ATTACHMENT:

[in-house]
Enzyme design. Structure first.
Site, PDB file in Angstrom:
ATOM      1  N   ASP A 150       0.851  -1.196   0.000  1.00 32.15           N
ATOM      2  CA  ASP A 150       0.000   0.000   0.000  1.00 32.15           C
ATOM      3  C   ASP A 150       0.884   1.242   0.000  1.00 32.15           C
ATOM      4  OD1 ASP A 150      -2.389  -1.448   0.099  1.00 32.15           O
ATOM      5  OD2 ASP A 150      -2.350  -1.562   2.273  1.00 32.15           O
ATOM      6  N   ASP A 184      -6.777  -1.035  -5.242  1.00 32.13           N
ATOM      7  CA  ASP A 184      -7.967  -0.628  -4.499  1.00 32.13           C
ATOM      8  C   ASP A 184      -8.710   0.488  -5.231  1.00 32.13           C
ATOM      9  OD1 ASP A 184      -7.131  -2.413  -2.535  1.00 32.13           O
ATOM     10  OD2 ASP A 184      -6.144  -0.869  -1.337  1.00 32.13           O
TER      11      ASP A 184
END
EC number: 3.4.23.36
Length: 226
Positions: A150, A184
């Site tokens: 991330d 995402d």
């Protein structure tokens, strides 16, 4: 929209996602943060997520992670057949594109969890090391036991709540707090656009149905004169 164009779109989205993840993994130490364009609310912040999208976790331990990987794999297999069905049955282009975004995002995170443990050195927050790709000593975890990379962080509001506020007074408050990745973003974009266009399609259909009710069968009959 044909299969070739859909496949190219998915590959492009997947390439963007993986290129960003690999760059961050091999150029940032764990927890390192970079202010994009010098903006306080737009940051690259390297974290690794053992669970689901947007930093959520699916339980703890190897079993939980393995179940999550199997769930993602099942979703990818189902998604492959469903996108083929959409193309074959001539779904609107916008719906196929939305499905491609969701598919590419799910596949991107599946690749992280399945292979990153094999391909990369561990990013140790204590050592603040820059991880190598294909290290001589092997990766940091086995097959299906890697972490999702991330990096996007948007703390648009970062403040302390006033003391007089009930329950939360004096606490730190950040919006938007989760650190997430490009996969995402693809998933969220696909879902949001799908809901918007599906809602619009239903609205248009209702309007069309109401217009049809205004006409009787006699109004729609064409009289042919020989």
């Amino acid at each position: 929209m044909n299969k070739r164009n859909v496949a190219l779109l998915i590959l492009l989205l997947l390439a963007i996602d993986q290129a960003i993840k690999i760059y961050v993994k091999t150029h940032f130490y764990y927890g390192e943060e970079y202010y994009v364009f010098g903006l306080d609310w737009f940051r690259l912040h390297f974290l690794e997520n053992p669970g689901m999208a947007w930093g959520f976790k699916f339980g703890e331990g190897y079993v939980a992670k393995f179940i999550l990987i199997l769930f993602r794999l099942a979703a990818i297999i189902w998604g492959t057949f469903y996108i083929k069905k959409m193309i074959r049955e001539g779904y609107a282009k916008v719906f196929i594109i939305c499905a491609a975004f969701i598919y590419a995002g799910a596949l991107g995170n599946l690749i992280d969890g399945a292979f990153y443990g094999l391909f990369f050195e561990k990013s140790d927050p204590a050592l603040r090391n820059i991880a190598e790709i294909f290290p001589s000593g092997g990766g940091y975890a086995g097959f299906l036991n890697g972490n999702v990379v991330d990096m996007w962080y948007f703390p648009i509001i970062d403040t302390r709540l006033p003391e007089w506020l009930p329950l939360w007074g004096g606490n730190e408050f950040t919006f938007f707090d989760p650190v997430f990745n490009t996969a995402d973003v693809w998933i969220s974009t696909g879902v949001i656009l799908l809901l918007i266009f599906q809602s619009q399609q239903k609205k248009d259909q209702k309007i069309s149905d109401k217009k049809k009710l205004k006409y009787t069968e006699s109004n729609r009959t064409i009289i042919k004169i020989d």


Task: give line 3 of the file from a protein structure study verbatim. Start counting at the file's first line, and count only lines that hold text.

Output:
Site, PDB file in Angstrom: